They’d Liketo Thank the Academy…
For 10 years, Dr. Regina M. Benjamin volunteered her services at a rural health clinic she founded in southern
Alabama, moonlighting in emergency rooms to support herself and the clinic.
Her efforts went largely unheralded until Pulitzer Prize-winning journalist Rick Bragg featured her in a 1995 New York Times story, “Angel in a White Coat.” The Times feature was followed by articles in other national publications including Time, which placed her on its list of “The Nation’s 50 Leaders Age 40 and Under.” Then came appearances on CBS This Morning, which named her Woman of the Year, and ABC World News Tonight, which dubbed her Person of the Week.
Media attention aside, this rural practitioner, who still heads a clinic in Bayou La Batre, Ala., has one more major credit to her name. In 1997, she received one of the highest honors that can be bestowed upon physicians in the United States: election to the elite Institute of Medicine, or IOM.
Dr. Benjamin clearly is a standout in the medical profession, and uniquely so, because she practices medicine among the poor, the uninsured, the elderly and other patients who are typically under-served. A graduate of Xavier University of Louisiana, the Morehouse School of Medicine and the University of Alabama Birmingham Medical School, she also is associate dean for rural health at the University of South Alabama College of Medicine. With her election to the Institute, she became one of a handful of minorities in the National Academies, an over-arching organization that includes the Institute of Medicine, the Academy of Sciences and the Academy of Engineering, or AOE. The highly respected National Research Council is its operational arm.
More than an honorary society of intellectuals, the National Academies serve as advisers to the federal government on policy issues. The National Academy of Sciences, established by President Lincoln in 1863, was the original academy; the research council, medical Institute and engineering Academy were added over the years.
But if Dr. Benjamin’s election to IOM represents the Research Council’s growing interest in under-represented communities, that’s not yet represented in the number of minorities currently included in the elite organization’s membership.
While hard numbers are unobtainable because Academy officials say they don’t keep such records, “there has been extremely limited progress and improvement for under-represented minorities in the Academies,” says Dr. Richard Tapia, a Latino researcher in the Academy of Engineering.
Perhaps more unsettling is that there don’t appear to be any big movements afoot to change that course. Still, the few minorities who are members of the organization today say the prestige their membership affords them has the potential to greatly expand the reach of Black scholarship.
Representing the Communities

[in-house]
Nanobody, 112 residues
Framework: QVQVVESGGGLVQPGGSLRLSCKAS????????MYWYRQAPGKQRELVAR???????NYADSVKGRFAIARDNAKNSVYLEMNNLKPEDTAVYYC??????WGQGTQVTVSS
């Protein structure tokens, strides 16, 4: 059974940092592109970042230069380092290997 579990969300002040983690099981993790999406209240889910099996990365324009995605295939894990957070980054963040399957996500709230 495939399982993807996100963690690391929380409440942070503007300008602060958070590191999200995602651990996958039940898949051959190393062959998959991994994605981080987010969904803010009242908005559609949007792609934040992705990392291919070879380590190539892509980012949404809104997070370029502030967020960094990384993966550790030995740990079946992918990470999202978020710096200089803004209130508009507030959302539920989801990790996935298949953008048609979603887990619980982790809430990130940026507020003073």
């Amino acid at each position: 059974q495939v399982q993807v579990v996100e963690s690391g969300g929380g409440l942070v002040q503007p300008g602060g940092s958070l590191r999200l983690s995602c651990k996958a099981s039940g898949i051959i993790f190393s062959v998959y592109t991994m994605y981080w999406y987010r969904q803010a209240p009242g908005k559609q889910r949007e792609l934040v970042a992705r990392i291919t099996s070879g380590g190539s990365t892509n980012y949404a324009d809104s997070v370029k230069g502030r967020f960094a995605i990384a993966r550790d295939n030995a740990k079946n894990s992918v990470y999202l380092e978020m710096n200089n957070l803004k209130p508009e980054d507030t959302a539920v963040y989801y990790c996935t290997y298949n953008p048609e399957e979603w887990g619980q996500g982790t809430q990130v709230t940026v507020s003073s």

“I had no idea I was being considered,” Benjamin says. “I knew about IOM, and how prestigious it is, but I didn’t think they knew anything about my work.”
Members are not notified of their election until after it has taken place. And Benjamin says she was surprised for other reasons as well. She wasn’t aware that the staid, traditional organization composed mainly of elderly, White males would seek her out. But they did.
Since her induction, she has continued her mission. “I try to be a voice for the patients I see,” she says. “I’ve always thought the patient’s voice should be heard.”
She speaks modestly about her work, but The New York Times article described her activities in glowing terms. “At a time when the nation’s health care industry is becoming dominated by huge insurance companies, for-profit hospital corporations and massive health maintenance organizations, Dr. Benjamin, 38, is a throwback long thought to be extinct: a country doctor with a heart,” the article stated.
As a member of IOM, she contributed to the controversial “cancer burden” report, which concluded that the federally funded National Institutes of Health should devote more resources to determining why some ethnic minorities and under-served communities are more prone to develop cancer than other groups.
Benjamin says that in her continuing representation of these communities on IOM committees, she has “been quite pleased by the emphasis being placed on family and emergency medicine for undeserved populations.”
Tapia’s background in the field of engineering is as stellar as Benjamin’s is in medicine. A professor of engineering at Rice University, Tapia says he has “devoted countless hours to improving diversity in academe in the fields of science, engineering and mathematics.”
In 1990, he was named one of the 20 most influential leaders in minority mathematics education by the National Research Council and was given the Hispanic National Achievement Award for Education from the Society of Professional Hispanic Engineers.
As director of Education and Human Resources at the Center for Research and Parallel Computation, Tapia has organized and directed the “Spend a Summer With a Scientist” program and “Mathematics and Computational Science Awareness” workshops.
Like Benjamin, Tapia has continued to address social issues in the Academy. But unlike Benjamin, who sees progress toward diversity in IOM, Tapia has not been impressed with the numbers of minorities in the Academy of Engineering or the National Academies as a whole.
He does cite “major activity at correcting under-representation of women,” but adds that, “Unlike women, minorities are often not a part of the major network from which members of the academy are sought. A very good minority in an isolated location will clearly fall through the cracks.”
Tapia says he believes greater inclusion of people of color is necessary because of the extremely important role the National Academies play in advising the federal government.
A Colorblind Process
Specific information about the numbers of minorities among the 5,300 members of the National Academies isn’t available.